A once-prominent psychiatrist and pain specialist who enjoyed a national reputation and a thriving practice in northwest Baltimore County was in court again Tuesday, facing another in a string of female patients who over the years have accused him of sexually abusing them.

Nelson H. Hendler, 65, whose license to practice medicine was revoked by the Maryland Board of Physicians in February 2006 after it concluded that he committed sexual misconduct with patients and dispensed drugs without a permit, settled earlier civil suits from some of the women. But he is defending a case brought against him in Baltimore County Circuit Court by a Pennsylvania woman who became a patient in April 2004.


E. Dale Adkins, her attorney, said in court Tuesday that Hendler followed the same script with almost every one of the women, who were often in highly vulnerable states. He would convince them that he was the only person in the world who could help them - not their husbands, not their children - and, once he had their confidence, would take advantage of them sexually, Adkins said.

"Most of these folks were dependent on pain medication," Adkins said, arguing that such drugs were a crucial tool in Hendler's arsenal. "He described himself as Robin Hood. He was delivering medications to patients, and he did it on occasion in exchange for sexual favors."


Out of the presence of the jury, which was chosen Tuesday but was asked to leave the courtroom while the two sides haggled over procedural motions, Adkins told Judge Lawrence R. Daniels that when police officers raided Hendler's Mensana Clinic on Greenspring Valley Road in Stevenson on Jan. 19, 2006, they found it messy and dimly lit. They seized 5,800 pills, which Adkins said the doctor was arbitrarily dispensing to some of the women regardless of whether the pills had been prescribed to them.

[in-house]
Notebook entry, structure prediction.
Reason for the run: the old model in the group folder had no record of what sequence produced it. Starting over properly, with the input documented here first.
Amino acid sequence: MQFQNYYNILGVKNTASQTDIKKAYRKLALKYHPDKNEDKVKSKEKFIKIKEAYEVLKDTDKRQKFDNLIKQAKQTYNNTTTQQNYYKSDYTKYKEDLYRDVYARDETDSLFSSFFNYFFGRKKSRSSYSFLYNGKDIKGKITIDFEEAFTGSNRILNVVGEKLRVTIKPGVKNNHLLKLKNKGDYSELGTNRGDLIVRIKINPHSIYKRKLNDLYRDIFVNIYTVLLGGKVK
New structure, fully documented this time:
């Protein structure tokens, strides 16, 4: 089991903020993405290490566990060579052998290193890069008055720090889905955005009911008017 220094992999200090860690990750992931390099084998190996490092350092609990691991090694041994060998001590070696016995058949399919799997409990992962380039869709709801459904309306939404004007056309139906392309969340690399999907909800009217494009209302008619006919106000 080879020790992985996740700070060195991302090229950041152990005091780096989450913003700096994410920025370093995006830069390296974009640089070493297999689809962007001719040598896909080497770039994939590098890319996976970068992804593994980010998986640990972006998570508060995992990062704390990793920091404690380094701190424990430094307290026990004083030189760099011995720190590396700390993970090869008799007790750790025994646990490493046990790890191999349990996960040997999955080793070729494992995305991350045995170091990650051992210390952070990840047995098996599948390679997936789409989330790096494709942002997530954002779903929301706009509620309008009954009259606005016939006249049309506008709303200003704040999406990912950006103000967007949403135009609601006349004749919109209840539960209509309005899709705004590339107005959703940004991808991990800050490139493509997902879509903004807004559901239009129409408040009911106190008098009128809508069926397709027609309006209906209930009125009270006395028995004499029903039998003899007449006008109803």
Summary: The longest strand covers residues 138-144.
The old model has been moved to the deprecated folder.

"My client will testify that she went to his office to get some and that he locked the door and sought sexual favors," Adkins said. He said there was a loaded, .22-caliber pistol in an unlocked drawer in Hendler's office, and said that one of his patients who was feeling suicidal reported later that she saw it and contemplated using it.

In February 2007, Hendler entered an Alford plea to a count of possession with intent to distribute drugs. Under the plea, Hendler did not admit guilt but acknowledged that prosecutors had sufficient evidence to convict him. He was sentenced to probation before judgment, which staved off a conviction, and was ordered to serve 18 months of supervised probation and 150 hours of community service.

On Tuesday, the judge agreed to a defense motion to impose a gag order on lawyers for both sides during the trial, meaning that they may not discuss it with reporters. Daniels also said the plaintiff's attorney may not mention to the jury in his opening statements why Hendler is not practicing medicine now, and may only bring it up to impeach the doctor's testimony if and when he takes the stand.

Daniels said he would rule today on whether to admit the testimony of the five other women who have previously sued Hendler or accused him of sexual misconduct.

Thomas Morrow, an attorney for Hendler, objected to the possibility that the other women might be allowed to testify.

"How could my client possibly get a fair trial when he essentially has to defend against six complainants in one?" he asked the judge. "It creates an unfair environment."